Pasteles Guisados (Pasteles Stew)

Laura Manuel-Arrighi Recipe

By Laura Manuel-Arrighi NikiArri

An Army :-)

Since trying this recipe about 5-6 years ago, it has become my family's favorite stew. The savory pork coupled with the banana dumplings and spices mimic the tamale-like pasteles to a tee. A good helping of cilantro brings out the rich flavor of the dish for a home run. I have served this over steamed white rice or over gandules (pigeon peas) rice or even without rice but with fried bread and bacalao (cod) salad as sides. BUEN PROVECHO!

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1/3 c
1 1/3 c
olive oil
4 or 5
large green bananas
1/2 c
achiote oil
salt, to taste
2 lb
pork butt or shoulder, cubed to 3/4 inch. (don't trim too much of the fat, if any)
6 Tbsp
achiote oil
1 1/4 large
onion, chopped
2 large
cloves garlic, minced
3 tsp
ground cumin
1 1/2 Tbsp
bay leaves
1 c
cilantro, fresh, chopped (stems and leaves)
1/2 c
tomato sauce
15 oz
1 can, pitted olives, undrained
9 c
1 1/2 lb
masa, prepared the night before
fresh ground black pepper, to taste
extra freshly chopped cilantro for garnish

Directions Step-By-Step

Heat olive oil and achiote seeds over medium heat for 5 minutes or just until oil has taken reddish color of seeds. Cool.
Store in tightly sealed glass jar.

Note: This recipe makes more than what is called for in stew recipe.(I refrigerate mines and kept it until the oil was used up, about 3 months later.)
Peel bananas and place in lightly salted water (halving them lengthwise and using gloves makes job easier, green bananas leave a sticky sap).
Grate on smallest opening of food processor or cheese grater.
In bowl, combine grated bananas and 1/2 cup achiote oil and mix thoroughly.
Seasoning lightly with salt.
Scoop into little balls and drop into salted boiling water until the dumpling float.
Once the dumplings float, remove from salted water and fold into the pastele stew.
Optional: Store in heavy ziploc bag in refrigerator, and use within 1-2 days, or freeze until needed.
In very large pot or dutch oven, heat 6 tablespoons of achiote oil over medium heat.
Add onions, garlic, cumin, salt, bay leaves, cilantro and pork.
Cook 10 minutes, occasionally stirring until onions have softened but not browned.
Add tomato sauce, olives and their liquid, and 4 cups water.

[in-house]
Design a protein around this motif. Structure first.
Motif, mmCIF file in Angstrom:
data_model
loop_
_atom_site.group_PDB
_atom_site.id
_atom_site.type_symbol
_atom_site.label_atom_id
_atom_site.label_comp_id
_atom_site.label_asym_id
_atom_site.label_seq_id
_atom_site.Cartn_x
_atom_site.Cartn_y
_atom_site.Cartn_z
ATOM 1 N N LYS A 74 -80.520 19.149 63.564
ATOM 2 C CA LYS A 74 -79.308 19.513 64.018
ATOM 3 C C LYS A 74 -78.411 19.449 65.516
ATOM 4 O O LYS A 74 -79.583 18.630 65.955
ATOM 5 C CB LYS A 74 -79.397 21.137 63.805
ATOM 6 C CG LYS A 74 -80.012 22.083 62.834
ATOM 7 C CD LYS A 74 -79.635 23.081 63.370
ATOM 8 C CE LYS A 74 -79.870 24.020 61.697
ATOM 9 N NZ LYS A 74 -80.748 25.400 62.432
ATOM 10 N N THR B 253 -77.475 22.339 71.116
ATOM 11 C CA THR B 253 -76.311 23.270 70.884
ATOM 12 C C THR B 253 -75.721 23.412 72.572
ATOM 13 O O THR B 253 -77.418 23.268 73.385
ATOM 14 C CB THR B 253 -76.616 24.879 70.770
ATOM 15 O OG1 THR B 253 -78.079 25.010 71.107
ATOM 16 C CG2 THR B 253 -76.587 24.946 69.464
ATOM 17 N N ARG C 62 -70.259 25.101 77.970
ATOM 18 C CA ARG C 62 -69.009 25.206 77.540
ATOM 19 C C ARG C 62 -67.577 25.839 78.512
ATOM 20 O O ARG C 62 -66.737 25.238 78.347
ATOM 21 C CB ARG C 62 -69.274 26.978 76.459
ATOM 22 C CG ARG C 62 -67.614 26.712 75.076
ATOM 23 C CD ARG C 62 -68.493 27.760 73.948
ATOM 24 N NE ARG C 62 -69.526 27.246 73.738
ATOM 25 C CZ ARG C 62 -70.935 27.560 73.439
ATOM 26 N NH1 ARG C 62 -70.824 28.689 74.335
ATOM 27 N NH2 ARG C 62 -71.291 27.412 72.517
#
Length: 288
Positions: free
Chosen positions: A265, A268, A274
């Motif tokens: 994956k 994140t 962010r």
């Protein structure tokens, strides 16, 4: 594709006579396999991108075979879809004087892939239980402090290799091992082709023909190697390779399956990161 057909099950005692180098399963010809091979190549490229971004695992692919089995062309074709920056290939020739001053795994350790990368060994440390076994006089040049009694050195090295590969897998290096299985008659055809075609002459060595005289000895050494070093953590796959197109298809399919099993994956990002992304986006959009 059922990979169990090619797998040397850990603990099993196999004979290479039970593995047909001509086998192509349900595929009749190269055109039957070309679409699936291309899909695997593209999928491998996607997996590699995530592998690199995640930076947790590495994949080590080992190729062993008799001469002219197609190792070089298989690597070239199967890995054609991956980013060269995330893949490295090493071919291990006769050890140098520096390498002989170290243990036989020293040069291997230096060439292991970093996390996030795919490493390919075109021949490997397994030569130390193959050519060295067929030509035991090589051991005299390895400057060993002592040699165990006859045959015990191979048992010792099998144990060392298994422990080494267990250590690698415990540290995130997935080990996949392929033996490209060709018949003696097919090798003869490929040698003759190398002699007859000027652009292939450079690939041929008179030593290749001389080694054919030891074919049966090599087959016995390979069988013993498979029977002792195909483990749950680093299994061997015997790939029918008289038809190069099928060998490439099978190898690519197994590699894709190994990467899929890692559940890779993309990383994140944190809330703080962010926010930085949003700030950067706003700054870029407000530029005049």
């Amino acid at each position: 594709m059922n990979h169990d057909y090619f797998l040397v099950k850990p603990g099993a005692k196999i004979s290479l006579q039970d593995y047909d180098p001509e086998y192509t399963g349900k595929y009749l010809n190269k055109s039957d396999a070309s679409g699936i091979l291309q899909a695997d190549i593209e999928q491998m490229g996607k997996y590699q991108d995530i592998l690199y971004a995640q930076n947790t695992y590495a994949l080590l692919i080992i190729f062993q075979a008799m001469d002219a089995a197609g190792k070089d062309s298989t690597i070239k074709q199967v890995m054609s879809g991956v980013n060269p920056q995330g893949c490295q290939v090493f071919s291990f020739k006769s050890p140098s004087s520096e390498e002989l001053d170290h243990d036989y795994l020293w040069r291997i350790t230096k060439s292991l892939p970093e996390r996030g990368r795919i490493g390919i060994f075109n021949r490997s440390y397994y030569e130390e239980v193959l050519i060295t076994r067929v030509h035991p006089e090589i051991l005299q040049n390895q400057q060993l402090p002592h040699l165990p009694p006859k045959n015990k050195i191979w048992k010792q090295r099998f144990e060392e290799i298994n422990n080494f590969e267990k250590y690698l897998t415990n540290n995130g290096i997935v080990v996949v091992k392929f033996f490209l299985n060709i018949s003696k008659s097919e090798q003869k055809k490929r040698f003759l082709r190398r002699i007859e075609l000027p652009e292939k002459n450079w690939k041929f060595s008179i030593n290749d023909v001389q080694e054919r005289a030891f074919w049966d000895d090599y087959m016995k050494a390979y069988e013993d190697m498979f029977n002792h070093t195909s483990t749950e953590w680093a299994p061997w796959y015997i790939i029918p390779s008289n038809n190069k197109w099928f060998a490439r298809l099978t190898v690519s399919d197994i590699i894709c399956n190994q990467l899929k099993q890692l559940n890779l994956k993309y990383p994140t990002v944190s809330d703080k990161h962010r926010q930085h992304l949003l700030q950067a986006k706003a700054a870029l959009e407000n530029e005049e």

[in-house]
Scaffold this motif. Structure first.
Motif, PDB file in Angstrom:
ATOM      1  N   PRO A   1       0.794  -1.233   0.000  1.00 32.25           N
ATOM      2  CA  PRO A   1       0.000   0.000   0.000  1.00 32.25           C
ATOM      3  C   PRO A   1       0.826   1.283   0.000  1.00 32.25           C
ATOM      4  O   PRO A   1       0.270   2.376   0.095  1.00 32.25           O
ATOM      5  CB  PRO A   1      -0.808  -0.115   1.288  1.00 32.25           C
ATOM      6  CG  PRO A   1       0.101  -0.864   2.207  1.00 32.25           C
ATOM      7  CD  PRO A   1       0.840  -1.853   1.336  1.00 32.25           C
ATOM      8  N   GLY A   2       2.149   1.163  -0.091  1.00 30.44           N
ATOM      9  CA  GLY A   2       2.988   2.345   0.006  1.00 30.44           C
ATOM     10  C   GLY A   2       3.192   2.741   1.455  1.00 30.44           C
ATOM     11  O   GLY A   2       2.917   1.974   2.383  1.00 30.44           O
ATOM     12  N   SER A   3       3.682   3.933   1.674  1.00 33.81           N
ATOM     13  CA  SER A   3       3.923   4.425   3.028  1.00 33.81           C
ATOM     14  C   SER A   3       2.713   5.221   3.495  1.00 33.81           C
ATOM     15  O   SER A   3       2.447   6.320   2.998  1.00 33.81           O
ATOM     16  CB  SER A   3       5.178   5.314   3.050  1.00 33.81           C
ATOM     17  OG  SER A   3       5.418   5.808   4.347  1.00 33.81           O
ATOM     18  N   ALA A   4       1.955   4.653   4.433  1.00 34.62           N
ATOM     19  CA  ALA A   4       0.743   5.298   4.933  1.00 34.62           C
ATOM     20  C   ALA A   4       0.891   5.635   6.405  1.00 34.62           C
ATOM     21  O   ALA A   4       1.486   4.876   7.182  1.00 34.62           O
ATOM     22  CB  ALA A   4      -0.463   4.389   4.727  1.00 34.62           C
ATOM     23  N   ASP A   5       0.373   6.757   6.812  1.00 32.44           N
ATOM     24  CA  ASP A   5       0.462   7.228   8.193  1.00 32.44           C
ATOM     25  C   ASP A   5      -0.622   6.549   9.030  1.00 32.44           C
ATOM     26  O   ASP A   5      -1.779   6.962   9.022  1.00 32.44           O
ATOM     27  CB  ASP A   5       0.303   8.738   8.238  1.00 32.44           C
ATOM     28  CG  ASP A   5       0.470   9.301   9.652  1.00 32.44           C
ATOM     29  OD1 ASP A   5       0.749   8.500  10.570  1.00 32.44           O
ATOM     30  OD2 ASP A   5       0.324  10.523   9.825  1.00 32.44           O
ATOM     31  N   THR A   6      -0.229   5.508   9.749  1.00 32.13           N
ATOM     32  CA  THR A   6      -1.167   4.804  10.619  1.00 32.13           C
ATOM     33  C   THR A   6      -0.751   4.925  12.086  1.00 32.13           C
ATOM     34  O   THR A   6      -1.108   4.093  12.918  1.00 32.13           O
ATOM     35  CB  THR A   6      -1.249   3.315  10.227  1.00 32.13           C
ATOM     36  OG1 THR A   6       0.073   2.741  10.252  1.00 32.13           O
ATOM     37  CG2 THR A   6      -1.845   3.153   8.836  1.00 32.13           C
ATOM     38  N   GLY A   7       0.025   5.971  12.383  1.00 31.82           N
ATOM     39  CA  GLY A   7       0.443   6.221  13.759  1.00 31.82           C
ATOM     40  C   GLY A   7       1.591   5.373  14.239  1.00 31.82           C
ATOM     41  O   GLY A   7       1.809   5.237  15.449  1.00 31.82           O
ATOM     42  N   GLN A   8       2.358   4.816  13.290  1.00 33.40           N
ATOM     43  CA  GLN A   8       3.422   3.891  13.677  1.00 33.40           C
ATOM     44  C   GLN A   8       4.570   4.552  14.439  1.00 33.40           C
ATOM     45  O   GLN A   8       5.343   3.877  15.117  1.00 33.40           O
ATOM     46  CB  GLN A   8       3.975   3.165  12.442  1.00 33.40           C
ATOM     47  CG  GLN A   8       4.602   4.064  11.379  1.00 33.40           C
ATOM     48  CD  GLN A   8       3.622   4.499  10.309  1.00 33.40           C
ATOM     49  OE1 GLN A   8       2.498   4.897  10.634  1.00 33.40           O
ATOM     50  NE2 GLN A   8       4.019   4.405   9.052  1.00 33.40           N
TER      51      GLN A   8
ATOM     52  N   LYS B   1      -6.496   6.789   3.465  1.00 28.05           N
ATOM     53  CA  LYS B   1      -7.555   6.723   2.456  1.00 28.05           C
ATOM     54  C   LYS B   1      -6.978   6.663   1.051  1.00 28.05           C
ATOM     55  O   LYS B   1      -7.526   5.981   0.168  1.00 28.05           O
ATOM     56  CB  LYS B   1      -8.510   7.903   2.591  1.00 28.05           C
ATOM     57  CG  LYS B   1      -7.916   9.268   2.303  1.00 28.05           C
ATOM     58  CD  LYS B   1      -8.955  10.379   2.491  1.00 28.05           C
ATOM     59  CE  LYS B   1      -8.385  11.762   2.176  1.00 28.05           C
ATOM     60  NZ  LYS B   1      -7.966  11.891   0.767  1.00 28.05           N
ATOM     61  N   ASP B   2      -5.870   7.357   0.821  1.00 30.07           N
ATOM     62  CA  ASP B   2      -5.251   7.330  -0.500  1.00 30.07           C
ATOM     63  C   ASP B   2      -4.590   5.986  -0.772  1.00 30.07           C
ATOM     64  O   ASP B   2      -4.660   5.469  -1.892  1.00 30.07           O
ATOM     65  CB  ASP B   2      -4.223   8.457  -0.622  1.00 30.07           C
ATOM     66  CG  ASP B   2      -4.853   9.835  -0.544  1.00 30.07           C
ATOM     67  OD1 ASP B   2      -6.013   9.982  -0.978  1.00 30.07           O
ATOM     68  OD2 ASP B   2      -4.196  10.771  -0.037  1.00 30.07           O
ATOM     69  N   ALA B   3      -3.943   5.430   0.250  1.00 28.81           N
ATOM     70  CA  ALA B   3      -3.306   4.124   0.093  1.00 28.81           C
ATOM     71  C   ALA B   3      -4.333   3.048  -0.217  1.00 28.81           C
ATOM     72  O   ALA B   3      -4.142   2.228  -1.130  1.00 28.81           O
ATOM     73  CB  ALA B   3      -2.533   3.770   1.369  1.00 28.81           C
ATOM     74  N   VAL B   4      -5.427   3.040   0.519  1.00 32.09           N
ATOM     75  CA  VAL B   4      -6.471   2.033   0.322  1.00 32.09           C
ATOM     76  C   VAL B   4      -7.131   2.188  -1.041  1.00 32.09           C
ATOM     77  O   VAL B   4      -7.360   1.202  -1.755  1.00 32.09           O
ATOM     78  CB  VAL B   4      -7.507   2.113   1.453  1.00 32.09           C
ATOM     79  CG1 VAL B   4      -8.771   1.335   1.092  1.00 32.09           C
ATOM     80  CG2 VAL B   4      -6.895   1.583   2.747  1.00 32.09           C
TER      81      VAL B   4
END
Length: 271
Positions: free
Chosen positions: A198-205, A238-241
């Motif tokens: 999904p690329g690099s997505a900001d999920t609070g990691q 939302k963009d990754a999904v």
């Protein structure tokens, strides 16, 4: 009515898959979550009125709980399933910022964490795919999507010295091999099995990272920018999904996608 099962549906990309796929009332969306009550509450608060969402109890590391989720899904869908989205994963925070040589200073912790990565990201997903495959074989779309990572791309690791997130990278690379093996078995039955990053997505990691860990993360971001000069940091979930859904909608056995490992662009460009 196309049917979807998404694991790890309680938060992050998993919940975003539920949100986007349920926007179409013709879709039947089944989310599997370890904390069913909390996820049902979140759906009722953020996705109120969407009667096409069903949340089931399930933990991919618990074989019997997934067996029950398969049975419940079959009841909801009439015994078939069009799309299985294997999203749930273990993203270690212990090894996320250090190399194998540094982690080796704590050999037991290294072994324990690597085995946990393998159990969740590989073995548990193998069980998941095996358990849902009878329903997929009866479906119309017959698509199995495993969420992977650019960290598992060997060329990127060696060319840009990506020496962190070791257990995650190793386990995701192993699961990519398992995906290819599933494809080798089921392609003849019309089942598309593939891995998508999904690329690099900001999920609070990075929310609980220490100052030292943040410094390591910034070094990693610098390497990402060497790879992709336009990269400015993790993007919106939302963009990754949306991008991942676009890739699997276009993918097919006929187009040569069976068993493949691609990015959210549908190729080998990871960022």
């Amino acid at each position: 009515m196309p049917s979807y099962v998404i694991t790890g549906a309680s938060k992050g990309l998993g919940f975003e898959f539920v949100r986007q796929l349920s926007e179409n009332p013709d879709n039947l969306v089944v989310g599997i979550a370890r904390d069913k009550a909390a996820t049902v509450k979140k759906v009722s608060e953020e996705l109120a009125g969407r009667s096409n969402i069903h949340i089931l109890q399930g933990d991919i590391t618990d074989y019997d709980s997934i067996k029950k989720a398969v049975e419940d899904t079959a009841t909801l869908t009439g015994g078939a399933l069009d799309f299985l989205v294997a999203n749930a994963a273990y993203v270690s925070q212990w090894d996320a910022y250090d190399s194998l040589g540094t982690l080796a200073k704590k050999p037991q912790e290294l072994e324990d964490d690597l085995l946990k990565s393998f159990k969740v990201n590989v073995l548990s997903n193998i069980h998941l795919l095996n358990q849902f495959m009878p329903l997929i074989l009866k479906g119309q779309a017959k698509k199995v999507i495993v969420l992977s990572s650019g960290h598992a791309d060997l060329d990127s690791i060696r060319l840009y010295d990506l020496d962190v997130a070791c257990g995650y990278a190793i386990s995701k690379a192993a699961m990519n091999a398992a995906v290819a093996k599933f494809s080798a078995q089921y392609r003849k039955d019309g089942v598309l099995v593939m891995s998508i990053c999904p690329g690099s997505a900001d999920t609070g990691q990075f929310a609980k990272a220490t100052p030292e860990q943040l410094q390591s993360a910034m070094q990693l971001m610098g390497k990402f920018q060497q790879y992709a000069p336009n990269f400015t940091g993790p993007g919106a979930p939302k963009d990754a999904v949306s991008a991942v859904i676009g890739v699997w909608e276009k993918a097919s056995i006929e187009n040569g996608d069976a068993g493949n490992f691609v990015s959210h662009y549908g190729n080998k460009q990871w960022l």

Lower heat to a simmer and cook 30 minutes, uncovered, stirring occasionally.
Add masa and remaining water.
Taste and re-season if necessary.
Simmer 1 hour, stirring and checking from time to time to avoid scorching.
The stew will thicken nicely, but if it gets too thick, add a little water to thin it to your liking.
Season with freshly ground pepper.
Serve over steaming white rice and garnish with chopped cilantro if desired.

Note: I've also served this with a side of fried bread and bacalao salad (I will post these recipes later.) which was just as hearty and very lovely on the palate.

About this Recipe

Course/Dish: Other Main Dishes, Pork
Hashtags: #stew, #Ethnic, #Puerto, #Rican

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Oct 10, 2012 - Laura Manuel-Arrighi shared a photo of this recipe. View photo
Oct 10, 2012 - Laura Manuel-Arrighi shared a photo of this recipe. View photo
Oct 10, 2012 - Laura Manuel-Arrighi shared a photo of this recipe. View photo
Sandy Mika mikasldy
Oct 10, 2012
I make pasteles , but never thought to do it like a stew, I will be trying this, thanks for posting 8]
Marcy Brodhead mbrodh1
Oct 11, 2012
Are you using green bananas or plantains?
Sandy Mika mikasldy
Oct 11, 2012
I use both
Laura Manuel-Arrighi NikiArri
Oct 17, 2012
Marcy; Thank you for your question. :-)

The recipe calls for green bananas or plantains. As plantains aren't plentiful and are seen on store shelves but rarely, my family and I use green bananas. It wouldn't work with half-ripe and/or ripe bananas. At least, I don't think so. LoL
Marcy Brodhead mbrodh1
Oct 17, 2012
Thanks Sandy and Laura
Sandy Mika mikasldy
Oct 17, 2012
Marcy keep in mind the green bananas she has here are guineo they are different then regular bananas, not sweet ,more starchy like a potatoe. Just thought I'd mention that because I had a friend who tried with regular unripe bananas, LOL 8]
Marcy Brodhead mbrodh1
Oct 17, 2012
Thanks, I guess I will stick to what I know..plantains... ;)
Neill, jr Schoening jrboy
Jan 3, 2013
Hey Laura, Thanks for the recipe, sounds delish and cant wait to make it!! I wanted to ask wen starting and adding onions and pork, do you brown the pork first?
Laura Manuel-Arrighi NikiArri
Jan 7, 2013
Aloha jrboy!

Oh yes I do brown the pork! However, I "fry" the spices briefly in the achiote oil. This brings out the flavors of the spices. Something I learned while making Indian food, which I love. It's after the spices that I brown the pork.

I did not include this little tidbit in the recipe as I wanted to keep to the original recipe as much as possible. To me, frying herbs and spices intensifies the flavors therefore, keeping re-seasoning to a minimum.

I thank you for your inquiry and hope my explanation helps. Please forgive the late response as I have been ill and could not access the internet. Again, thank you so much and Happy New Year to you and yours.

Aloha ~ Laura
Neill, jr Schoening jrboy
Jan 11, 2013
Much Mahalo for your reply Laura,
Yes , I can't wait to cook this for my ohana.
Get well soon, Hau'oli makahikihou
Desiree Cruz Hilopaliku
Jun 6, 2013
I made this Pastele stew for my family and they LOVED it. In Hawai`i, green Chinese bananas are the preferred choice vs plantains which are uncommon. Luckily we have lots of bananas all over my neighborhood. Anyways, it was easy to make and delish!
Keauhou Mitchell keauhou
Oct 31, 2013
My dumplings fell apart :( what am I doing wrong?